(explaining when counsel may sign and verify involuntary petitions on creditors’ behalves).
Doc. No. 2 ¶ 6.
In re Forever Green Athletic Fields, Inc., 804 F.3d 328, 336 (3d Cir. 2015).
D. Whether NMI Has Sufficiently Pleaded Damages
Ashland’s fourth argument for dismissal is that NMI has not adequately pleaded that the
second and third amended petitions (as opposed to the original petition) proximately caused the
harm alleged in the amended complaint, and that any asserted damages are too speculative to
state a claim. According to Ashland, the amended complaint fails to set forth sufficient
allegations of harm caused specifically by Ashland.
As noted, § 303(i)(2) states that a court “may grant judgment . . . against any petitioner
that filed the petition in bad faith . . . for any damages proximately caused by such filing.” For
the purposes of § 303(i), courts have not made a distinction between original petitioners and
later-added petitioners. 30 Ashland joined the second amended petition; that it was not an initial
petitioner does not negate its involvement in the involuntary bankruptcy proceeding. NMI has
sufficiently alleged that the petitioners, including Ashland, caused it harm. 31 Additionally,
Ashland’s argument that the damages alleged are speculative is premature and will be more
appropriately addressed on a more complete record. 32
E.g., In re ELRS Loss Mitigation, LLC, 325 B.R. 604, 630 (Bankr. N.D. Okla. 2005) (“[W]hether a petitioner is
one of the original filers, or joins the petition at a later date, that petitioner undertakes significant responsibilities and
assumes the risks set forth in § 303(i).”); see also In re Promotion Dynamics, Inc., No. 92-16539S, 1992 WL
391276, at *1 (Bankr. E.D. Pa. Dec. 16, 1992) (“We believe that an award of attorneys’ fees or costs incurred in
defending an unsuccessful involuntary petition should ordinarily be granted against the petitioners from which
damages are requested under § 303(i)(1) unless cause for not doing so is established.”).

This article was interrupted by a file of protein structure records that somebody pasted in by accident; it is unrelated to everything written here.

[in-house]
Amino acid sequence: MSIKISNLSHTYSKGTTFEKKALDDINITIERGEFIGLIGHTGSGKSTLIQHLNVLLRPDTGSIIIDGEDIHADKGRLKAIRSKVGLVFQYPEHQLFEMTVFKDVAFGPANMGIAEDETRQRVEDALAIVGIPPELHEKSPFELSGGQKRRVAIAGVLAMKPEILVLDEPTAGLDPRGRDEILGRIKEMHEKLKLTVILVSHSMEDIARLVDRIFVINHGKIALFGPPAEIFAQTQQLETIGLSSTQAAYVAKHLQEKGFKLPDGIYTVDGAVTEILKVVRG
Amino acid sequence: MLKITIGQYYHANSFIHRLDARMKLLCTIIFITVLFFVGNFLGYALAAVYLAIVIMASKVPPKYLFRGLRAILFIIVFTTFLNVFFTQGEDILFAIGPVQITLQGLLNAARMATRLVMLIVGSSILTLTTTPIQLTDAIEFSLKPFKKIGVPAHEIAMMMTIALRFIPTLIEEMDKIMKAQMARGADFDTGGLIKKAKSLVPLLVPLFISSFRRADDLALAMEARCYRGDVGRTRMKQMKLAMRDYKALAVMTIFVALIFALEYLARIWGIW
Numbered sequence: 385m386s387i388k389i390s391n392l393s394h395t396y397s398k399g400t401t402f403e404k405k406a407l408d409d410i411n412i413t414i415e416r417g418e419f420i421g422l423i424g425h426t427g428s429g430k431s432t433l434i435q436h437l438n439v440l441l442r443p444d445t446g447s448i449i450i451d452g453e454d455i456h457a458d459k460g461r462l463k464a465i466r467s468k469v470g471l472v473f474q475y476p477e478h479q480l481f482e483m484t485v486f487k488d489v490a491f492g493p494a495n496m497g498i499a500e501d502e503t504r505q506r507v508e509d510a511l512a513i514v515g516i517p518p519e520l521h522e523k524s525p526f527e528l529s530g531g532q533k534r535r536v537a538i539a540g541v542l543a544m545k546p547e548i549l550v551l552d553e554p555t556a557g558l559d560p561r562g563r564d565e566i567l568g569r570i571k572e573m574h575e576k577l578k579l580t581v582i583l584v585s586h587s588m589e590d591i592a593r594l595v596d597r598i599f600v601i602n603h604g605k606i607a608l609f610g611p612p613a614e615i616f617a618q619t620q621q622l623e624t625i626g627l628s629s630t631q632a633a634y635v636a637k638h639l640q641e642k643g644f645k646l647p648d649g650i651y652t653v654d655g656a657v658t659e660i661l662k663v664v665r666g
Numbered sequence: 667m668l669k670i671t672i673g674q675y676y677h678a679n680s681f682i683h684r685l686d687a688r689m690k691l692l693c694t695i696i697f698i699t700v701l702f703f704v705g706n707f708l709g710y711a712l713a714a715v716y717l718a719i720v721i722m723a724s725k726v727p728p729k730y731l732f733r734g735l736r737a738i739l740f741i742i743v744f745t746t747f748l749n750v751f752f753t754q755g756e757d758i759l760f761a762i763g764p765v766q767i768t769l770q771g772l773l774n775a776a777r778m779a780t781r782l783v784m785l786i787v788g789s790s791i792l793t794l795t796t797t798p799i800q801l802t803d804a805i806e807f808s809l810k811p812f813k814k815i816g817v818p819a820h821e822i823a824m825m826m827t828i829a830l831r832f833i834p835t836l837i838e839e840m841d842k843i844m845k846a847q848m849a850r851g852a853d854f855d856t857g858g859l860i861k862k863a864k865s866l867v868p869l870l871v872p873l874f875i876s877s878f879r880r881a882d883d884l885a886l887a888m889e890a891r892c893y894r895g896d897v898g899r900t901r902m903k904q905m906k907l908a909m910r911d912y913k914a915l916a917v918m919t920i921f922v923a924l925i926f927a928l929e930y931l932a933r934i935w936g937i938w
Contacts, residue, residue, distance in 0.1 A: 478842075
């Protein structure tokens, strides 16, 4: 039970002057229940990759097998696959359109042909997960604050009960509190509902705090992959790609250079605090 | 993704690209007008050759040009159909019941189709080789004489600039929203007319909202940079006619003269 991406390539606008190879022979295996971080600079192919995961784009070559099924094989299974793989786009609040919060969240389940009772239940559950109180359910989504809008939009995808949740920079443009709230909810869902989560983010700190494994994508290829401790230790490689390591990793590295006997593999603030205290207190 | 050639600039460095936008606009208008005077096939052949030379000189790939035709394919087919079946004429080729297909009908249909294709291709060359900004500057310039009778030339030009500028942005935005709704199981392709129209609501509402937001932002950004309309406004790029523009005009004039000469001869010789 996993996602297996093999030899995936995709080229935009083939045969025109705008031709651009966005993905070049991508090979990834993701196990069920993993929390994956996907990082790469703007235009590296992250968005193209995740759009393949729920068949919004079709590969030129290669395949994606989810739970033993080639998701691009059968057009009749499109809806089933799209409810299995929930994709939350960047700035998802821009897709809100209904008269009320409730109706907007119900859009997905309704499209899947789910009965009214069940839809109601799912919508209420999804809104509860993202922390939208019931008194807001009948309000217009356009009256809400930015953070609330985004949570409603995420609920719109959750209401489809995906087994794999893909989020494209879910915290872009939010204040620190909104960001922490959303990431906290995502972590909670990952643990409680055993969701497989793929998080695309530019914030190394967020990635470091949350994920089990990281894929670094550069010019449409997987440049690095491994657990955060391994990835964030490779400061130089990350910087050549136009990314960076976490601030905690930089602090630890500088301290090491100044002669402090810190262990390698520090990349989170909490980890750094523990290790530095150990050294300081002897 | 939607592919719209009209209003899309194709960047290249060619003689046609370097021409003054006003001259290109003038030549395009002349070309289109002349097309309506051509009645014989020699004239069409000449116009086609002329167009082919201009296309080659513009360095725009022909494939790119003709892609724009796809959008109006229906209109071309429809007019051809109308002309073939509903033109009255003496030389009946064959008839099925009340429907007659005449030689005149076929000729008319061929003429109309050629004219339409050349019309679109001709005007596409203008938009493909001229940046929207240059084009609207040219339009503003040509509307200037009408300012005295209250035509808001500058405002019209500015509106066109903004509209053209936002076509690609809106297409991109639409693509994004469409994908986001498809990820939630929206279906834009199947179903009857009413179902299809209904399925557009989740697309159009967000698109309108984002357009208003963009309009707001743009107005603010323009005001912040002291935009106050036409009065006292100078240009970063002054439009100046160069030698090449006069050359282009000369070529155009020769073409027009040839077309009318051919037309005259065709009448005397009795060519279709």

See Doc. No. 2 ¶ 72 (alleging that the “commencement and continued prosecution” of the involuntary bankruptcy
proceedings “(1) caused Plaintiffs to lose preferred provider status with major insurers; (2) caused physicians to lose
confidence in the Plaintiffs’ stability and to divert their patients to other providers; (3) caused lenders to cutoff the
Plaintiffs’ access to receivables, thereby creating a liquidity crisis; (4) caused vendors to put the companies on a
COD basis, thereby further eroding cash and liquidity; and (5) destroyed Plaintiffs’ reputations in the community,
and torpedoed planned acquisitions and expansion”).
See Clearpath Util. Sols., LLC v. US Crossings Unlimited, LLC, No. 2:15CV1620, 2016 WL 4987092, at *3
(W.D. Pa. Sept. 19, 2016) (“Plaintiff's contention that defendant's asserted entitlement to lost profit damages is too
speculative is misplaced at the motion to dismiss stage.”); In re Suboxone (Buprenorphine Hydrochloride &
Naloxone) Antitrust Litig., 64 F. Supp. 3d 665, 698 (E.D. Pa. 2014) (“[T]he Third Circuit has been reluctant to grant
motions to dismiss based on speculative or complex damages.”); Prudential Ins. Co. of Am. v. Prusky, 413 F. Supp.
2d 489, 495 (E.D. Pa. 2005) (stating that the “case lacks the necessary factual development to support a finding that
the claim for monetary damages is impermissibly speculative” at the motion to dismiss stage).
E. Whether § 303(i)(2) Provides for Joint and Several Liability
Finally, Ashland erroneously argues that it must be dismissed from the case because
§ 303(i) does not allow for joint and several liability. Whether joint and several liability is
available is within the discretion of the Court, and it is to be determined based on the totality of
the circumstances. 33 Thus, joint and several liability is possible under § 303(i), and it would be
premature to hold that NMI may not pursue it.
For the reasons stated above, Ashland’s Motion to Dismiss will be denied. An
appropriate Order will be entered.
E.g., In re Maple-Whitworth, 556 F.3d 742, 746 (9th Cir. 2009) (stating that a “bankruptcy court has discretion to
hold all or some petitioners jointly or severally liable for costs and fees, to apportion liability according to
petitioners’ relative responsibility or culpability, or to deny an award against some or all petitioners, depending on
the totality of the circumstances”); In re Rosenberg, No. 09-13196-BKC-AJC, 2012 WL 3990725, at *8 (Bankr.
S.D. Fla. Sept. 11, 2012) (“Other courts have routinely imposed joint and several liability under Section 303(i).”).